|story on the front page today|
The SJ reports that the concept has been scaled back to about 30 bikes at six or seven stations.
Excitement will run high, but just for context, we should be clear about expectations.
Portland's much, much larger public bike system has been running about 1 trip per bike per day.
Eugene's was running 3 trips per bike per day. Eugene's is also larger with ten times as many bikes, about 300, and a commensurately larger number of stations.
Corvallis might be the most directly comparable system, and they have 10 stations with 50 bikes currently. They've published total membership numbers, not daily rides, but it looks like maybe 2 trips per bike per day.
|Front page of the Register Guard, May 26th|
When the city of Eugene and Lane Transit District commissioned a 2014 study to look at demand for a bike rental program, officials predicted that each rented bicycle would make less than one daily trip on average.So if we expect something more like one trip per day per bike, that's 30 new bike trips each day.
Instead, each of the 300 blue PeaceHealth Rides bikes that popped up around town last month have averaged about three trips per day, blowing past officials’ early expectations.
That might be a nice amenity for tourism marketing and cachet, but that's not a meaningful difference in downtown transportation.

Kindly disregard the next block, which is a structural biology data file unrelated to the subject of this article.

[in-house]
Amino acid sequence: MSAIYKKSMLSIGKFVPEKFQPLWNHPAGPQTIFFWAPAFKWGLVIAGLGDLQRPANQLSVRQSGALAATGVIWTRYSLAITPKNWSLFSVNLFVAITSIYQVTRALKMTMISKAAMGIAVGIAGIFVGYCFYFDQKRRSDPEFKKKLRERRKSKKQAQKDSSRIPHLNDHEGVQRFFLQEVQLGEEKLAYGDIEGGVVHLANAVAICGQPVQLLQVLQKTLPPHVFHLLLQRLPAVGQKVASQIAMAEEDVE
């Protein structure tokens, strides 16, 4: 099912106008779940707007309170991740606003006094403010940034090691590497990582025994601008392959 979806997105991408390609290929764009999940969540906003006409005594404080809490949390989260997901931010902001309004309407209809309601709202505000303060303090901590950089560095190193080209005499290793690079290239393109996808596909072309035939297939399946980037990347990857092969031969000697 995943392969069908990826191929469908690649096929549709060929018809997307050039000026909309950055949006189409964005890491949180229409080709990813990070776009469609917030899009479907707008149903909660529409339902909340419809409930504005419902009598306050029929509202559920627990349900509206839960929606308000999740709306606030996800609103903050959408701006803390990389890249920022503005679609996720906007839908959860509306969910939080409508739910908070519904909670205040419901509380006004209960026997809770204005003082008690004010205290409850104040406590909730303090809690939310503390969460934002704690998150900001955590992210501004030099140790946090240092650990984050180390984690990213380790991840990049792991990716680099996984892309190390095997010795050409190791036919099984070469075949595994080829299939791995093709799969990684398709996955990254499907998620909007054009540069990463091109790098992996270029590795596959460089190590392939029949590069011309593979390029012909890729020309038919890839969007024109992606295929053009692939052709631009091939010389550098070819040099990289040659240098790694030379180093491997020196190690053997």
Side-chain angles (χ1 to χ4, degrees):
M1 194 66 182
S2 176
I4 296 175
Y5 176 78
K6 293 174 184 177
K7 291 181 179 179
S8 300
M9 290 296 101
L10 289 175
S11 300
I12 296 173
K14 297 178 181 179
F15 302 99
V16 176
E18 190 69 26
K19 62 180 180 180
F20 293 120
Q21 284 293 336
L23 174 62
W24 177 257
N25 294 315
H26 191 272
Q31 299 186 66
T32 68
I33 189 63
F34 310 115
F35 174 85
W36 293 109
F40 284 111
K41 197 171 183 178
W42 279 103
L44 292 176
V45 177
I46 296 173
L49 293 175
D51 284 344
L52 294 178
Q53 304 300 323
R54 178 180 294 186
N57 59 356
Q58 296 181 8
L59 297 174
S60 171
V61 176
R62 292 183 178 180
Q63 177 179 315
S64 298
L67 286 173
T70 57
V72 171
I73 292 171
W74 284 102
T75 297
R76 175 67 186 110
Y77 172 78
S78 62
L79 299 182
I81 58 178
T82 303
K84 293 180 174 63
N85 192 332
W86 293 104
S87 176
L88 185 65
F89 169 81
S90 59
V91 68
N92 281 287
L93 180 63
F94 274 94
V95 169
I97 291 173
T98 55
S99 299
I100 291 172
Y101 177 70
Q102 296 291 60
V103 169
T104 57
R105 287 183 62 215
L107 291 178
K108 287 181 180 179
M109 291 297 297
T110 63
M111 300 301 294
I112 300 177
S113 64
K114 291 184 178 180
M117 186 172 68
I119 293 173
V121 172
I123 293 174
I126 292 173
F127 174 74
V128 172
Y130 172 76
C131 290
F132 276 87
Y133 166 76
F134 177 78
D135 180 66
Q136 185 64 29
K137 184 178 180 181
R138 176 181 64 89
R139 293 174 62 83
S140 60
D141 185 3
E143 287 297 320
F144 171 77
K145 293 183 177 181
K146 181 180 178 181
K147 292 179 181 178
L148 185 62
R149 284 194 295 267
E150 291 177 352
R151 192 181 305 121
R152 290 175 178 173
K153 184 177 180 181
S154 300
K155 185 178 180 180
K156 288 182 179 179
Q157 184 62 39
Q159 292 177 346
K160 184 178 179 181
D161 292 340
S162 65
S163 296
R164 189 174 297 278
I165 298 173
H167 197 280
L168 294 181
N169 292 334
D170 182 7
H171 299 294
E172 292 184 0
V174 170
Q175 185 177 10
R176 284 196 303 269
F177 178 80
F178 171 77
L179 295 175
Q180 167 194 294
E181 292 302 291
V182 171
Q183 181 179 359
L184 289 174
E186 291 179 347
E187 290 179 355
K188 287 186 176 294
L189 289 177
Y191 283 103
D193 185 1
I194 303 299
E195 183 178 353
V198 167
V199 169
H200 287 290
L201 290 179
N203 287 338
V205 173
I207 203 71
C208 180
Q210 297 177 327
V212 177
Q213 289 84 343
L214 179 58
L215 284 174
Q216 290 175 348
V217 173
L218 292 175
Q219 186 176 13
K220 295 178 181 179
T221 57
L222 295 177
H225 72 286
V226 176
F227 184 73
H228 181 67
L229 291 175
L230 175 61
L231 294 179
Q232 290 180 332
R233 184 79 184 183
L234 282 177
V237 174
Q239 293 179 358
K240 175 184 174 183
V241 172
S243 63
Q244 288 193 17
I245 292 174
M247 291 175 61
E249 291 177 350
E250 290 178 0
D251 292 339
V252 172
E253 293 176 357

So, you know, start small, hope for success, and build off of that. But we should be clear this is a perk or amenity, not a difference-maker for mobility.
It's an ornament.
It's also not clear that there will be much riding outside of the Wallace-Riverfront-Minto Park system. To be sure, that the Union and Minto Bridges connect them all is a great boon! But that's recreating, not commuting or utility cycling.
You might remember the piece from a couple of years ago about an attempt to bike downtown. There will be a station at the transit mall, but how will users ride?
I'll confess that our tour was a combination of cycling and walking. This mom errs on the side of caution when it comes to bicycling with kids. I'm very thankful for the new bike lanes recently created in downtown Salem, but when the map took us on busy streets where bikes and cars travel together, we walked our bikes on the sidewalk. [italics added]One of the probable consequences of having a public bike system downtown without also adjusting the streets, especially for east-west travel, is that we will have more sidewalk biking.
|Kids on Center Street at Cottage violating the law|
But where should they be instead?
Altogether, what I see is a city that likes the idea of being able to say it has a bikeshare system, as a kind of symbol of hip culture, but not a city that's really very passionate yet about making it easy to bike and ensuring that riders have the right infrastructure, especially downtown where the stations are clustered.
As for the bikes themselves, there's a small risk this type is already old. New fully dockless models that don't use a station at all as well as e-bikes may be more popular or more useful than the semi-docked pedal model.
So we'll see. These are the kinds of concerns on which you want to be wrong and proven otherwise.
|Union St Bikeway has funding and will be done|
well before 25 years, though it may not meet
a full family-friendly standard.
More than anything, it's a starting point. Who knows where it will lead?!